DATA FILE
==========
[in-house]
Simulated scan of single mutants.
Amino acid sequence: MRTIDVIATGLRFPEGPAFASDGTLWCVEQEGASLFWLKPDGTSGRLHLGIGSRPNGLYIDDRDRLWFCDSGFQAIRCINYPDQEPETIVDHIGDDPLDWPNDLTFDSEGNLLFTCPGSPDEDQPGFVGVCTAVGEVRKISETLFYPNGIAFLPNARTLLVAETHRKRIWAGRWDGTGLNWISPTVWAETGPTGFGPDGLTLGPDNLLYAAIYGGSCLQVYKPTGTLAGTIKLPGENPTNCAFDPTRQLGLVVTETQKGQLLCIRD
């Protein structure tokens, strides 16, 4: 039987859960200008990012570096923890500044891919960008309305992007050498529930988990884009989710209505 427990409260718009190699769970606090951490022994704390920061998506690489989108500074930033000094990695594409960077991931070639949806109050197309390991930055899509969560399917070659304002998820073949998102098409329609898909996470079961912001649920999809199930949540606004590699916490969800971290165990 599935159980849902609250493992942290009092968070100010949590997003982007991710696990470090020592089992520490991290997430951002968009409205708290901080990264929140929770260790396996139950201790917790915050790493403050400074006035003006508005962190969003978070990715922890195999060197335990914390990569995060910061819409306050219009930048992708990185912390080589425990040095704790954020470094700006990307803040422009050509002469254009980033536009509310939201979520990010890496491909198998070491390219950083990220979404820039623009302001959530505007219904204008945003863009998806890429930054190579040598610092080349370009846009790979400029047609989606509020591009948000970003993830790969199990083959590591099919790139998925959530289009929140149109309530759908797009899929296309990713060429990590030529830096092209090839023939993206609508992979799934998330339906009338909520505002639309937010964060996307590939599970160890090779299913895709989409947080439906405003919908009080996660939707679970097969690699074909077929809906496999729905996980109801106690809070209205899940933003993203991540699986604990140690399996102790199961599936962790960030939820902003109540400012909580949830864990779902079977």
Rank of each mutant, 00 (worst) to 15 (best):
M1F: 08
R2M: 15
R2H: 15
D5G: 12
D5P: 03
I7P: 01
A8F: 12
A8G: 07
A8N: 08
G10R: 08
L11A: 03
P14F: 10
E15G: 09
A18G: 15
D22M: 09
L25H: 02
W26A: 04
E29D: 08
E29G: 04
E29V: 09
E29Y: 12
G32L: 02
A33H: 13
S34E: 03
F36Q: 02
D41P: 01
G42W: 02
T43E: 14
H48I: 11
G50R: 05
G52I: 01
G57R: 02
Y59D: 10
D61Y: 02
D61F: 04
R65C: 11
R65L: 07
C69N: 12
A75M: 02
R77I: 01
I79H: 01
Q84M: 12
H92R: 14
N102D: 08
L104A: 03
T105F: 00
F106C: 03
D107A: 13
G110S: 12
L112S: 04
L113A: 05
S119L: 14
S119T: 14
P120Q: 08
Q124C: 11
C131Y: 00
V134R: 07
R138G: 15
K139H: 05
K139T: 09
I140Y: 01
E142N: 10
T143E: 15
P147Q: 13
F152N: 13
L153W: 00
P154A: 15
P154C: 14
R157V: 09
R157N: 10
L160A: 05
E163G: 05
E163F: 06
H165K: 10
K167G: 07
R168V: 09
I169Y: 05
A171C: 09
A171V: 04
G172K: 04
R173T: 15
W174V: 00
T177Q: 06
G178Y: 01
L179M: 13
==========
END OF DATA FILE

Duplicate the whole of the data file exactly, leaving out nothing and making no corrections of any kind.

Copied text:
[in-house]
Simulated scan of single mutants.
Amino acid sequence: MRTIDVIATGLRFPEGPAFASDGTLWCVEQEGASLFWLKPDGTSGRLHLGIGSRPNGLYIDDRDRLWFCDSGFQAIRCINYPDQEPETIVDHIGDDPLDWPNDLTFDSEGNLLFTCPGSPDEDQPGFVGVCTAVGEVRKISETLFYPNGIAFLPNARTLLVAETHRKRIWAGRWDGTGLNWISPTVWAETGPTGFGPDGLTLGPDNLLYAAIYGGSCLQVYKPTGTLAGTIKLPGENPTNCAFDPTRQLGLVVTETQKGQLLCIRD
């Protein structure tokens, strides 16, 4: 039987859960200008990012570096923890500044891919960008309305992007050498529930988990884009989710209505 427990409260718009190699769970606090951490022994704390920061998506690489989108500074930033000094990695594409960077991931070639949806109050197309390991930055899509969560399917070659304002998820073949998102098409329609898909996470079961912001649920999809199930949540606004590699916490969800971290165990 599935159980849902609250493992942290009092968070100010949590997003982007991710696990470090020592089992520490991290997430951002968009409205708290901080990264929140929770260790396996139950201790917790915050790493403050400074006035003006508005962190969003978070990715922890195999060197335990914390990569995060910061819409306050219009930048992708990185912390080589425990040095704790954020470094700006990307803040422009050509002469254009980033536009509310939201979520990010890496491909198998070491390219950083990220979404820039623009302001959530505007219904204008945003863009998806890429930054190579040598610092080349370009846009790979400029047609989606509020591009948000970003993830790969199990083959590591099919790139998925959530289009929140149109309530759908797009899929296309990713060429990590030529830096092209090839023939993206609508992979799934998330339906009338909520505002639309937010964060996307590939599970160890090779299913895709989409947080439906405003919908009080996660939707679970097969690699074909077929809906496999729905996980109801106690809070209205899940933003993203991540699986604990140690399996102790199961599936962790960030939820902003109540400012909580949830864990779902079977």
Rank of each mutant, 00 (worst) to 15 (best):
M1F: 08
R2M: 15
R2H: 15
D5G: 12
D5P: 03
I7P: 01
A8F: 12
A8G: 07
A8N: 08
G10R: 08
L11A: 03
P14F: 10
E15G: 09
A18G: 15
D22M: 09
L25H: 02
W26A: 04
E29D: 08
E29G: 04
E29V: 09
E29Y: 12
G32L: 02
A33H: 13
S34E: 03
F36Q: 02
D41P: 01
G42W: 02
T43E: 14
H48I: 11
G50R: 05
G52I: 01
G57R: 02
Y59D: 10
D61Y: 02
D61F: 04
R65C: 11
R65L: 07
C69N: 12
A75M: 02
R77I: 01
I79H: 01
Q84M: 12
H92R: 14
N102D: 08
L104A: 03
T105F: 00
F106C: 03
D107A: 13
G110S: 12
L112S: 04
L113A: 05
S119L: 14
S119T: 14
P120Q: 08
Q124C: 11
C131Y: 00
V134R: 07
R138G: 15
K139H: 05
K139T: 09
I140Y: 01
E142N: 10
T143E: 15
P147Q: 13
F152N: 13
L153W: 00
P154A: 15
P154C: 14
R157V: 09
R157N: 10
L160A: 05
E163G: 05
E163F: 06
H165K: 10
K167G: 07
R168V: 09
I169Y: 05
A171C: 09
A171V: 04
G172K: 04
R173T: 15
W174V: 00
T177Q: 06
G178Y: 01
L179M: 13